One of our resident masters of Mecha Izzo Legostyle returns to give you the uncut fix you so desperately need. The model is based on Japanese Manga also known as “Linebarrels of Iron” that tells a boilerplate story of a bullied junior high school student who acquires super powers and a giant robot to dispense justice and one-liners while causing a great deal of mayhem. I’m not sure why, but my eye is drawn to those beefy yet precarious looking legs.
Welcome back fight fans, to Sin City Nevada for another tap-out edition of Friday Night Fights! Tonight’s bout is a classic match-up of hipster vs manga-nerd with street-cred on the line. Let’s go to the tale of the tape:
As usual, constant reader, you are tasked with deciding the outcome of this pugilistic endeavor by way of comment. On the last edition of Friday Night Fights, the battle for logistical supremacy, a broad slate of judges called the fight 7-5 in favor of Nathan Ɲ. Tune in next week for another action-packed edition of Friday Night Fights!
Iain Heath knows what I like. Hayao Miyazaki is my favorite director, and Nausicaa of the Valley of the Wind is easily my favorite animated movie — more so because I love the manga version that Miyazaki continued writing and drawing for ten years after the movie was released. Naturally, I prefer it in the original Japanese.
I’m sure you won’t begrudge me, dear readers, taking this opportunity to remind everyone that this is precisely the sort of wonderful LEGO model we’re looking for as part of the Big in Japan display at BrickCon.
I enjoy seeing genres and bandwagons being approached with a sort of irreverent creativity, so it was great to see this OTOMech Model TK-MM, built by Dave Sterling (half of ToT-LUG) for the 2009 MOClympics. It was inspired by the Otomen manga series and brainstorming with other LEGO fans, which is a great way to get silly ideas.
My favorite features are the kitty greebles and the simple fact that the cockpit fits a Fabuland figure, but there’s a lot of other stuff to love.
If you frequently browse Brickshelf, then you’ve probably seen the works of Tiger (tiger0207). To those who only know him by his works, Tiger is reputed as a LEGO comic artist who is skilled in producing comics and artistic LEGO graphics in Chinese. Those who’ve inquired a bit further into his works may have stumbled upon one of his three blogs. Now through a brief inside look at this visionary from the East, provided by TWLUG member CVSPIS_CELIDVS, we gain a glimpse of the profound builder known as Tiger and his unique works.
“Tiger, in playing LEGO, belongs to a league of his own, who is not only a custom artist but also a philosopher. He operates three blogs of different topics showing his techniques, imagination, and philosophy of life.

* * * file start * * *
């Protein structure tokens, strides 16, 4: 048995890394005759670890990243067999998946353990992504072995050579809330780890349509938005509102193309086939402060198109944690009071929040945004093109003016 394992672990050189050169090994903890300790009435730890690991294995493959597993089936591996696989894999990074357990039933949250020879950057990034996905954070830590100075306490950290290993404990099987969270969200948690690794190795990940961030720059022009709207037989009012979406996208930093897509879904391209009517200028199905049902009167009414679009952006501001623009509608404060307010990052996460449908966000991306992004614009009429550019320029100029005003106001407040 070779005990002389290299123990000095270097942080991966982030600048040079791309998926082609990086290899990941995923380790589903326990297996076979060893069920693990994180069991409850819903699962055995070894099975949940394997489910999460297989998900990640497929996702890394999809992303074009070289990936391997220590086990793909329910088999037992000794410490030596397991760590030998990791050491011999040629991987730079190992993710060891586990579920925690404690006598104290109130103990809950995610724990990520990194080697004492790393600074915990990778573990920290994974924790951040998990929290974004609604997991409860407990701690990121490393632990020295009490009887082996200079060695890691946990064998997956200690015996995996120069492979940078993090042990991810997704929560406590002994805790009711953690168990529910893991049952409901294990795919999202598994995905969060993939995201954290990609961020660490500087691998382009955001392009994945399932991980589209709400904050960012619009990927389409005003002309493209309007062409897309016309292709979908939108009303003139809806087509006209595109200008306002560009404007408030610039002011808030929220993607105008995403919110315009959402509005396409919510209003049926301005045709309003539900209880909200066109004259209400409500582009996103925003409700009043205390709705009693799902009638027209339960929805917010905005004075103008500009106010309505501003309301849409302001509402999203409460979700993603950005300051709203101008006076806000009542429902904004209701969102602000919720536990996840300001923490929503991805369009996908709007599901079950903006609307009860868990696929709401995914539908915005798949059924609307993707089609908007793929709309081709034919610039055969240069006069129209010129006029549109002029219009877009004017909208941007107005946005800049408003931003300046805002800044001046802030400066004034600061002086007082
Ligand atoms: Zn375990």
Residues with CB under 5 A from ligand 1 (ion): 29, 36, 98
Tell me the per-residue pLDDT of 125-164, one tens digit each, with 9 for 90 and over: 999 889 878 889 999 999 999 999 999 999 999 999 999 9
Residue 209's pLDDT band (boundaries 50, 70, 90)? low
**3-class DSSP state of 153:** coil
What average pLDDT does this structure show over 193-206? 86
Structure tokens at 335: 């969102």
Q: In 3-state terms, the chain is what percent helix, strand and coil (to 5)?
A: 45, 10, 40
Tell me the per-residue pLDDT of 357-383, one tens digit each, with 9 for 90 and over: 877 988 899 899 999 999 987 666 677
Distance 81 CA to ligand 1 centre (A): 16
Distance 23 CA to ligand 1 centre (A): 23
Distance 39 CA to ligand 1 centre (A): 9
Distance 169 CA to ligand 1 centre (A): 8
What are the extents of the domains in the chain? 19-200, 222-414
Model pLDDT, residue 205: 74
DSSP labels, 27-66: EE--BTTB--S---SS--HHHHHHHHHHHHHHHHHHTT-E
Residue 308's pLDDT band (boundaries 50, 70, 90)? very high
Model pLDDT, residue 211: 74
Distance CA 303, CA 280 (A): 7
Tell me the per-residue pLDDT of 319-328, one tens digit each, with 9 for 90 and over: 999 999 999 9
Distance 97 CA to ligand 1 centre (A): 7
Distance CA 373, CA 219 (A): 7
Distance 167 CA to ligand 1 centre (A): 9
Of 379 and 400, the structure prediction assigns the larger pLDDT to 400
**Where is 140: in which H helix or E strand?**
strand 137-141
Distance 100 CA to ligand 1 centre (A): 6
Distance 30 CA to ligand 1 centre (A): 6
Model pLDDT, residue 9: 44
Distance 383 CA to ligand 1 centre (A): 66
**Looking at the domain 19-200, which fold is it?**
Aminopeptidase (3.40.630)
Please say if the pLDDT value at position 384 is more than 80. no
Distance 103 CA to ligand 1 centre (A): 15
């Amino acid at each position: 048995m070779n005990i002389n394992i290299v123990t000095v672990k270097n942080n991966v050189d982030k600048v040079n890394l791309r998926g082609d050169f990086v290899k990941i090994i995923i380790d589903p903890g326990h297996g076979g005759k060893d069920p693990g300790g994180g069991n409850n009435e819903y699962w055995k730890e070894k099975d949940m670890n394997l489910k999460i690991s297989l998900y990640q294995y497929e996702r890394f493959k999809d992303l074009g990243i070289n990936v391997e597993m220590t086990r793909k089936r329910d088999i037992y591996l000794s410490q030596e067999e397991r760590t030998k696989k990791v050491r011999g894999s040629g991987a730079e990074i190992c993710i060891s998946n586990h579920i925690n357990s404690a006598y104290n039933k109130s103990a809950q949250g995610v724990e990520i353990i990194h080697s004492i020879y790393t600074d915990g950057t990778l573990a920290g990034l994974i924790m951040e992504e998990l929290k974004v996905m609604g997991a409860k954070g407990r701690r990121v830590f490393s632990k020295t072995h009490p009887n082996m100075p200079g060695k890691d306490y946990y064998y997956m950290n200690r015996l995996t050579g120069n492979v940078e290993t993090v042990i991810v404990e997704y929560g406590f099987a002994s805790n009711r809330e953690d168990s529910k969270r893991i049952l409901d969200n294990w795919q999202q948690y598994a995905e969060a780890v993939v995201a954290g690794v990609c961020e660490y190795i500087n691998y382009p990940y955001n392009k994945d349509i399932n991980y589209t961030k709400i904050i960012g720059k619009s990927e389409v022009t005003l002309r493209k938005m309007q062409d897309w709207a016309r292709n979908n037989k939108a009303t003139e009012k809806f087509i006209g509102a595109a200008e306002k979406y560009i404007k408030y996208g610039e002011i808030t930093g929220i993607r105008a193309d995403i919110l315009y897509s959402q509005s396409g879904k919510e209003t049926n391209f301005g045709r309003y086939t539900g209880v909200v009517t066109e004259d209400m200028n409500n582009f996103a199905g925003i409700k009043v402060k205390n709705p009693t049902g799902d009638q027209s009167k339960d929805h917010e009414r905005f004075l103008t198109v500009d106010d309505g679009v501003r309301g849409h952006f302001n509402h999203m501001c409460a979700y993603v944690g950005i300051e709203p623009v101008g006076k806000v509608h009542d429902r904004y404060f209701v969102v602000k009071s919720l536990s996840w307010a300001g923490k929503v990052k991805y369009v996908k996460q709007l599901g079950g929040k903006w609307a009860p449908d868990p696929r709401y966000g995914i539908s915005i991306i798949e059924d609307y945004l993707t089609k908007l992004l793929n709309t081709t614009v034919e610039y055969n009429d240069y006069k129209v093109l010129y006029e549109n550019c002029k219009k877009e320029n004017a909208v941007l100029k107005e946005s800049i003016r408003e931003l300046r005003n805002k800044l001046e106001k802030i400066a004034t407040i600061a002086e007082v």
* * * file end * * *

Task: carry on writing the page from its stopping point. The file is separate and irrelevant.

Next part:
His first blog called Tiger’s Style expresses the builder’s thoughts and ideas about playing LEGO and likewise his minifig customization and scene designs. He uses not only official LEGO parts but also those of other competitive brands, commercial custom parts (e.g. BrickArms & BrickForge), and even those made from simple materials by himself.
Tiger’s second blog, LEGO in Tiger’s Mind at Night, records his thoughts on ordinary life when the builder plays LEGO on quiet nights. Through the Chinese language and LEGO creations, Tiger depicts themes from diverse aspects including movies, traditional Chinese literature, poetry, women, love, and life.
His blog LEGO Martial Arts Heroes primarily shows historical oriental heroes and fictional knights-errant from Tiger’s imagination channeled through building, photography, and image-design. Martial arts fantasy, “Romance of the Three Kingdoms“, and “Journey to the West” are his favorite stories frequently told, of course, through LEGO.
Tiger’s most recent work, “Journey to the West,” is recreated from a classic and famous Chinese folk novel, also the prototype of the manga/anime “Dragon Ball” created by Akira Toriyama. Another recent work, “Spirit War,” found its inspiration through the Six realms of the Buddhist cosmology. As a storyteller, Tiger masterfully conducts the scenes as comics made from LEGO.”
-CVSPIS CELIDVS ECO SVM
The average LEGO mecha we feature here are heavily armed, anthropomorphous robots. In other words, they tend to stand on two legs and go “pew! pew!” As much as I’m a fan of Gundam-inspired mecha, it’s nice to take a break and think about what mecha might really be like in the future — the blue-collar workbots of the space docks and maglev yards.
Here’s one example from Izzo’s own repertoire — a railroad bot:
Okay, this one’s bipedal, but still a great example of a construction mecha:
Although Izzo is only accepting contest entries from builders over the age of 19 in Japan, that doesn’t mean you can’t take his contest as a challenge and build something cool yourself. Even if it’s not for a prize, I for one think the world could use more rail-laying, cargo-hauling, sewer-cleaning, reactor-scrubbing mecha.
To get you started, here’s Izzo’s great list of inspirational links:
- Sci-Fi Industrial Expo
- Industrial Man Comboru (manga)
- Ball Wars Mechanics
- Model World
- Timberjack (John Deere) Walking Machine
- Direct Industry Robots
Izzo gives Izmojuki a LEGO makeover:
Who needs prizes to motivate you when the end result can be this cool? Get building!
I credit Azumu as one of the bloggers who got me into blogging just over a year ago, with his regular “best of Brickshelf” posts on LEGO-BINGO. But Azumu is also a consummate builder — his brick-built Pokemon are especially fantastic, even if you’re not a fan of little creatures who only say their own name.
Click the picture for a gallery full of wild characters.